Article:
Advice on adding longevity to an iMac

Discussion in 'iMac' started by Alwaystriumph, Sep 13, 2011.

  1. Alwaystriumph, Sep 13, 2011
    Last edited: Sep 13, 2011

    Alwaystriumph macrumors newbie

    Sep 13, 2011
    First time poster soon to be a first time owner of a iMac desktop.

    I have a question about how to add to the life of the iMac I will be purchasing. I had a PC that I had for 5 years that has lately been dying a slow death. I was dismayed by this because I took good care of it as much as a novice user can. I kept the computer clean by and made sure I didn't download shady programs or files. I want to get a Mac and I want it to last. It's expensive but I'm willing to invest ($2000 with a company discount I get of about 7 percent) in a good machine.

    I am going go get a 21.5" 2.8 ghz i7 quad core with a 1 TB drive. 4 gb of ram that I will upgrade to 8-16 myself.

    Is their anything I should get, upgrade, or do when I get it to make it last beside keeping it in the box?


    New to Apple
  2. McGiord macrumors 601


    Oct 5, 2003
    Dark Castle
    Maybe an SSD?
    External HDDs for back ups: Time Machine and Bootable Clone.
    Just good ventilation around it, and to keep it clean be careful how you clean the glass and aluminum.
    Besides that, if you have the money and want to get Apple Care, it is up to you, you have 1 year to decide over it.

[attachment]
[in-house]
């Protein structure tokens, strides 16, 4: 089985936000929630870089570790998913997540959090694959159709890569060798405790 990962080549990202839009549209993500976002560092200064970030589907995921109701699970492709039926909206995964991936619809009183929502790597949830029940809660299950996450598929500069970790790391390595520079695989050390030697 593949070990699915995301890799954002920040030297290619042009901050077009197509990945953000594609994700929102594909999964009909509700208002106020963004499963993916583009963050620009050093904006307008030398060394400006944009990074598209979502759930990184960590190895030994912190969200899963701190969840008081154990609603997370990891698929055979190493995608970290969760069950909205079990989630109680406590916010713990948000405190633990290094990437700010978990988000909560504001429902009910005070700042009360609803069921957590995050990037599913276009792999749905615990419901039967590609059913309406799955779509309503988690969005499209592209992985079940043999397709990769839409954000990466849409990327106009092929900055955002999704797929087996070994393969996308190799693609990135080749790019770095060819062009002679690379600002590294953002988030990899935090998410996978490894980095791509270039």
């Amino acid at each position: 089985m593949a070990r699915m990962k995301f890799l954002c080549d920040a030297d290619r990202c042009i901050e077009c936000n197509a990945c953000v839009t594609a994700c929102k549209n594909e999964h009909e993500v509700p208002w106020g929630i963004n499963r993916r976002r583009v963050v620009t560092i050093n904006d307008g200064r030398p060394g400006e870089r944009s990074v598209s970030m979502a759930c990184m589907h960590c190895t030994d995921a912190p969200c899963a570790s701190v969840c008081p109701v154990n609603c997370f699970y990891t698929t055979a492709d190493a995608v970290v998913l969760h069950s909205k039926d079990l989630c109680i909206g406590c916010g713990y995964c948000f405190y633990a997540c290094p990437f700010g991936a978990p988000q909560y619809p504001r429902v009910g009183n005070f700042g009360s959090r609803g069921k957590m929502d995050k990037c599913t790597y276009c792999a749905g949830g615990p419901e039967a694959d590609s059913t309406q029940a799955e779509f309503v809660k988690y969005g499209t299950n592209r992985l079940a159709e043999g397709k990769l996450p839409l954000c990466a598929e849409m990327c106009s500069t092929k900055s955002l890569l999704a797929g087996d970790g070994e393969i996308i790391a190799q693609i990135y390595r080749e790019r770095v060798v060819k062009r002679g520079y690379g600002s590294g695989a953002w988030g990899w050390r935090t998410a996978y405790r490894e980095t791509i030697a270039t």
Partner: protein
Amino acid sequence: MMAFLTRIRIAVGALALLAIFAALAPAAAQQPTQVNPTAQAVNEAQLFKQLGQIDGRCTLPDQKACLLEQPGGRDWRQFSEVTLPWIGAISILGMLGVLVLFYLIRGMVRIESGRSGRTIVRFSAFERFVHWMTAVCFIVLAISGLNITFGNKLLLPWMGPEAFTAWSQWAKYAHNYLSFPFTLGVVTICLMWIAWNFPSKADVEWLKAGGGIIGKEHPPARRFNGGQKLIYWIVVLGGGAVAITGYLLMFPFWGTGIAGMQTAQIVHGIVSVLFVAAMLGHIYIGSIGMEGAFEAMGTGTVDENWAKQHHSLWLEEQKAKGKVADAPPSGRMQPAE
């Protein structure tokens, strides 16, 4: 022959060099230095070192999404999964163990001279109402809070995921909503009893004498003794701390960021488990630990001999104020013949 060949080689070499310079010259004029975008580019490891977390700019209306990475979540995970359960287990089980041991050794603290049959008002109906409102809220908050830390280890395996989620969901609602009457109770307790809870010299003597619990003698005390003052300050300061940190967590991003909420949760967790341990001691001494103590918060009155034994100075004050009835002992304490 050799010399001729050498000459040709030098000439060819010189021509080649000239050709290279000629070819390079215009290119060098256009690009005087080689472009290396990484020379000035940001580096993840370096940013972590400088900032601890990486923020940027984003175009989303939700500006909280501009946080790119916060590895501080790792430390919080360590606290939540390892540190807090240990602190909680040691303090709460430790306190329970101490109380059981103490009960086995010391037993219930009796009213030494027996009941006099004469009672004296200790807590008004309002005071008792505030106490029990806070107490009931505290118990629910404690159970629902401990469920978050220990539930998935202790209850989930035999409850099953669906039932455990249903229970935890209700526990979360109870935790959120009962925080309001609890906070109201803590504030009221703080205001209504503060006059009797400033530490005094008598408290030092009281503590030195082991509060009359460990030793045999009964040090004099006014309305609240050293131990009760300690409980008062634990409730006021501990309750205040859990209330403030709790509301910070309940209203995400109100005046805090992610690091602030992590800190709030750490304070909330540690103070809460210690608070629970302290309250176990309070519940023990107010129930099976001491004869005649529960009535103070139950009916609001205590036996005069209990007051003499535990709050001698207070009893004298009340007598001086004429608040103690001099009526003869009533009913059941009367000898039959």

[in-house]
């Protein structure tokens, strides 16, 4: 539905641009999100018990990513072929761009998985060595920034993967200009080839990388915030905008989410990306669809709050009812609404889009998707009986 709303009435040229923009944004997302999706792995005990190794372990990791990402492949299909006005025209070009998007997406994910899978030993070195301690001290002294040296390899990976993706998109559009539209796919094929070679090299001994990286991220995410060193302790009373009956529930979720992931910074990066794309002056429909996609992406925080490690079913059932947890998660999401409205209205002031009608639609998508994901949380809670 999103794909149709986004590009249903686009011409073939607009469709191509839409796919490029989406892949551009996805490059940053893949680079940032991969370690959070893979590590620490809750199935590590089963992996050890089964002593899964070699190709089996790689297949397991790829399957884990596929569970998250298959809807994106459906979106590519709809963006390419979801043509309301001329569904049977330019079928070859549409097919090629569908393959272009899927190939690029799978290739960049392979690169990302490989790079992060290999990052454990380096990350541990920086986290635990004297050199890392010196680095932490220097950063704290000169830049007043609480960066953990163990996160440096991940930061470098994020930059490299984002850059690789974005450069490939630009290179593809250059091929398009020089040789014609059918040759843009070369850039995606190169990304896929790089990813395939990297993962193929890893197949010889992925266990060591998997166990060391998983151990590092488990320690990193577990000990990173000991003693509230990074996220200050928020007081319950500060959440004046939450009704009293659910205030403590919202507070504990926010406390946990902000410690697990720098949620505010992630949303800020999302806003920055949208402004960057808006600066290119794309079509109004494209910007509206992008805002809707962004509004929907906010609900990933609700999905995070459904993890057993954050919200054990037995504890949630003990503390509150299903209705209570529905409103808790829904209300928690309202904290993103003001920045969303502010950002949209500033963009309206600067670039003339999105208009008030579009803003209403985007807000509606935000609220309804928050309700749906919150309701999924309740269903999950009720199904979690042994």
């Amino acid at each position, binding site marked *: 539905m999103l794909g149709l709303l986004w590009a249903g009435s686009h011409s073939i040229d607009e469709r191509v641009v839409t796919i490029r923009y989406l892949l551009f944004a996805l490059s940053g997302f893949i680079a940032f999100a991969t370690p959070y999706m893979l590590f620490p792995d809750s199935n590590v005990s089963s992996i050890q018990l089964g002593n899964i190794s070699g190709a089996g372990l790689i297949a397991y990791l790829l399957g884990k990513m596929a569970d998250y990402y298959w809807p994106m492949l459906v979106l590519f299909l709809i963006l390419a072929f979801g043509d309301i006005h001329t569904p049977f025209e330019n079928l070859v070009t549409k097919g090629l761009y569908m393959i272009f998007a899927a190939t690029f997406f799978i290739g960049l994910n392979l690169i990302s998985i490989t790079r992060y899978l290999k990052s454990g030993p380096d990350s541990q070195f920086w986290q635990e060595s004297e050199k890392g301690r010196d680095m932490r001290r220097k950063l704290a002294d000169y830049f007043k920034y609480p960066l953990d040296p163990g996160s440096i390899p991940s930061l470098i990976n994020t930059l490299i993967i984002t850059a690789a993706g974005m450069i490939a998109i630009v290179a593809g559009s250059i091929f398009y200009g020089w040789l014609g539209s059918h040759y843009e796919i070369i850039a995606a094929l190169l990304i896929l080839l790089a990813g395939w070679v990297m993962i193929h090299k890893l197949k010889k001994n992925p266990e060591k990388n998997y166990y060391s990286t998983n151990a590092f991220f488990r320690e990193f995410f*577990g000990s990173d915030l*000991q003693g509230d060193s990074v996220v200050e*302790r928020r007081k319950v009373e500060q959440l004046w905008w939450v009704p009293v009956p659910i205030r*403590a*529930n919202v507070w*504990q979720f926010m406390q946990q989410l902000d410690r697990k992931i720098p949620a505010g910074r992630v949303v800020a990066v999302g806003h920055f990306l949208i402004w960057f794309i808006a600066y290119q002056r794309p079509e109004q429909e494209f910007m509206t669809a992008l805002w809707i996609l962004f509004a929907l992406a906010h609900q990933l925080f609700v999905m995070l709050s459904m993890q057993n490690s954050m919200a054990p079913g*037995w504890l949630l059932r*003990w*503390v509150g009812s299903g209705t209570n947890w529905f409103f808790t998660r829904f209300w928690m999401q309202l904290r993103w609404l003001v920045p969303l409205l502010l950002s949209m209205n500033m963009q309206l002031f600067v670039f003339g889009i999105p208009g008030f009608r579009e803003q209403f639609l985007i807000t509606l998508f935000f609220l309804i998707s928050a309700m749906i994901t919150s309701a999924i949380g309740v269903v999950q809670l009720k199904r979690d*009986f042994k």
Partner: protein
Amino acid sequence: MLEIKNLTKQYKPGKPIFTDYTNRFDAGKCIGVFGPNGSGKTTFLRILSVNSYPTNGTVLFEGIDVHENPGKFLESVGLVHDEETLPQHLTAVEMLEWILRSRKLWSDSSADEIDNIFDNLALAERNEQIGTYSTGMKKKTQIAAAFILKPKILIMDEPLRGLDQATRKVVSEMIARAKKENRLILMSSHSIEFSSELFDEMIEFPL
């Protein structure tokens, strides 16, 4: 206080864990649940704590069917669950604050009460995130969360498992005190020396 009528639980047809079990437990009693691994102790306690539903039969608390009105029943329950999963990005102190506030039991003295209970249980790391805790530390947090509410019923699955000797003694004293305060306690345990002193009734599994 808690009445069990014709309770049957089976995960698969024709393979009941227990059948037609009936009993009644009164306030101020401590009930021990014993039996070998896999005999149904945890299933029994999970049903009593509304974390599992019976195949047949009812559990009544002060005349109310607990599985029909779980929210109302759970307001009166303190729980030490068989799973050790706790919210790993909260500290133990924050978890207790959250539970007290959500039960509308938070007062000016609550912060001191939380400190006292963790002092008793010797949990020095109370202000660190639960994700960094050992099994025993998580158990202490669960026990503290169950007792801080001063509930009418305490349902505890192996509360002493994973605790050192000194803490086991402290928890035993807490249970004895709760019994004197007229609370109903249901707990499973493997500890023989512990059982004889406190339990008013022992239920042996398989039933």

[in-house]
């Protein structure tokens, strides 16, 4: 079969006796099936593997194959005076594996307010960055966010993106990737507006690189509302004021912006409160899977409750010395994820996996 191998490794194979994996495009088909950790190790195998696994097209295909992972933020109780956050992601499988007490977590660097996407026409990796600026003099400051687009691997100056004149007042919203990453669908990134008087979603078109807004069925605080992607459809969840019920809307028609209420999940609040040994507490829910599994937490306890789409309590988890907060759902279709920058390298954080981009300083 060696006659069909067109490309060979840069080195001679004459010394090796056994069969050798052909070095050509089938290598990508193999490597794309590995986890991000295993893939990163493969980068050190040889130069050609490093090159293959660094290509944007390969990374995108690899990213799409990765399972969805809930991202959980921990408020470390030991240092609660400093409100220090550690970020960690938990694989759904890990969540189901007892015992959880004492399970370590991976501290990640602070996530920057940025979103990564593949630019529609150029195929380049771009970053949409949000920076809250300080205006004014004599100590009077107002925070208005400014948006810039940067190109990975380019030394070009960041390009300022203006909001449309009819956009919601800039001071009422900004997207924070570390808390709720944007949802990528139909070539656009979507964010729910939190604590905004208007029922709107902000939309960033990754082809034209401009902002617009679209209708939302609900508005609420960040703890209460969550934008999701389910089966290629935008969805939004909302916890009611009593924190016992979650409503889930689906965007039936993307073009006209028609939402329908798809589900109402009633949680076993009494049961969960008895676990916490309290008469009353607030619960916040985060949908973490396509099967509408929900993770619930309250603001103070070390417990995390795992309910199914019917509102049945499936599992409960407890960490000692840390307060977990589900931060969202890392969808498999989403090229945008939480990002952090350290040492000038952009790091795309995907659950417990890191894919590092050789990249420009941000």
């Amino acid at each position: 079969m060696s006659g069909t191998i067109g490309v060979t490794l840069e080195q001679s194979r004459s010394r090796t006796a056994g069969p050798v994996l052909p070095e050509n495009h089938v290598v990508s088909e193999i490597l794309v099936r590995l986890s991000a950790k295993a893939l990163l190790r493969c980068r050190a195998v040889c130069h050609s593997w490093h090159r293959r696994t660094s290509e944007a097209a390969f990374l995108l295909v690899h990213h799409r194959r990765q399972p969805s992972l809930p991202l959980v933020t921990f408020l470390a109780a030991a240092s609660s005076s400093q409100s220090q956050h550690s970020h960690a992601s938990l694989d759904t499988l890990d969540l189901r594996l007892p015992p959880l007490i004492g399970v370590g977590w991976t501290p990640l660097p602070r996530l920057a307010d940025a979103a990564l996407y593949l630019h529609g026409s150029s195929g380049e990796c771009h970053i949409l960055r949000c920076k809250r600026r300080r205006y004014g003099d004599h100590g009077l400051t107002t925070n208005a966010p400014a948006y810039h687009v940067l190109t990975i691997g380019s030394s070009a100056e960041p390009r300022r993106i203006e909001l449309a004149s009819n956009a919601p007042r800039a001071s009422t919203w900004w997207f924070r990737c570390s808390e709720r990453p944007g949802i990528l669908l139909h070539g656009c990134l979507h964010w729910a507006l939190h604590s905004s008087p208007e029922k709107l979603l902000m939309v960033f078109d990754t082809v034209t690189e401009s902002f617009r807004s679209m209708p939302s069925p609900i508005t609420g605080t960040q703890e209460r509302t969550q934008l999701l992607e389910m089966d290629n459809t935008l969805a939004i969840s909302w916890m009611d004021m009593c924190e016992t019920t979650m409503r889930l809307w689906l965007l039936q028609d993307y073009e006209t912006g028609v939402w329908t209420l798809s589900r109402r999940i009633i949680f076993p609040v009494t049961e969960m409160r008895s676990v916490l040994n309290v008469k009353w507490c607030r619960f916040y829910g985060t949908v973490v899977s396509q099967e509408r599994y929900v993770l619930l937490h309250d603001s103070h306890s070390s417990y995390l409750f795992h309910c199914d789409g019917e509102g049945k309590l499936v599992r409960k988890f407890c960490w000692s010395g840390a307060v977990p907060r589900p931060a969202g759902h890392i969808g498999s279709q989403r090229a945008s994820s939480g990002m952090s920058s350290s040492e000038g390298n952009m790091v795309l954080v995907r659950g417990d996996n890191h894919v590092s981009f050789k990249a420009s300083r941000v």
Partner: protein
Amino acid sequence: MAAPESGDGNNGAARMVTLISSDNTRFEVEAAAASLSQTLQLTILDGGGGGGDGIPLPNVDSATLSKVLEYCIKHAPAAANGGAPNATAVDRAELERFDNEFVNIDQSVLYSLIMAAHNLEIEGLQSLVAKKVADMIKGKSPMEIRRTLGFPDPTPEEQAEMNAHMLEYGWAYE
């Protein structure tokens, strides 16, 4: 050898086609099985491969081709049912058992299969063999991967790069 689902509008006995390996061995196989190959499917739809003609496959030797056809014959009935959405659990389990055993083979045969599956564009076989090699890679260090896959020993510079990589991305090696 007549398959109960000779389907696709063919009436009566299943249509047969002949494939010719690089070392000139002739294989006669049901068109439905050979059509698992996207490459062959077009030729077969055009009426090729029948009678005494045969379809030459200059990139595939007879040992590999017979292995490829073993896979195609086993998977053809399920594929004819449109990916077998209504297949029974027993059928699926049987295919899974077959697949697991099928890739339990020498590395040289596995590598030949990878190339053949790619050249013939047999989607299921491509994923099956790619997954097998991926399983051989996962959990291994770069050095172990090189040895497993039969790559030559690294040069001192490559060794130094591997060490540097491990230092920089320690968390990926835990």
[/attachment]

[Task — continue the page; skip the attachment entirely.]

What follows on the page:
3. Spike88 macrumors 6502a

    Jan 25, 2010
    IMO, ordering (or 3rd party) SSD would add faster program / file access but if one doesn't need this configuration, is as waste of dollars. Best to add this configuration when one needs it. For example, in 3+ years - when faster file access is needed. And in 3+ years, the SSD drives will be double/triple their current capacity, and less expensive as well.

    Buying i5 or i7 is a good idea for future proofing. Go with i7 if you think you need that extra "future" power. If typical home user of file / print / internet / word processing, the i5 is more then enough power.

    One should only add more ram (apple or 3rd party - at much less cost) is one needs it as well. Typical home user only needs 4 Megs Ram. 6 Megs for home power users. For typical home user, very few iMacs use 8 Megs Ram. If you feel your iMac needs more then 4 Megs ram, I'd recommend 3rd party RAM - at 1/2 the cost of Apple Ram.

    Buying/installing a large drive is a good thing. Especially if you like to store lots of many little files or large files. As a minimum, go with 1 TB internal. If you can afford, go with 2 TB size. If DIY, then order 1 TB now and DIY upgrade to 2 TB when you need it.

    IMO, CPU and Video sizing must be set at original purchase. If you need i7 in 3 years, then order i7 now. If you need 2 GB Ram on video card, also order it now. Memory and internal HDDs can be upgraded later. And, SSDs can be installed later - when they are more affordable (at much larger sizes).

    Long mumblings short... "sizing" your base purchase depends on your usage and if you a DIY upgrade person...

    Hope this helps...

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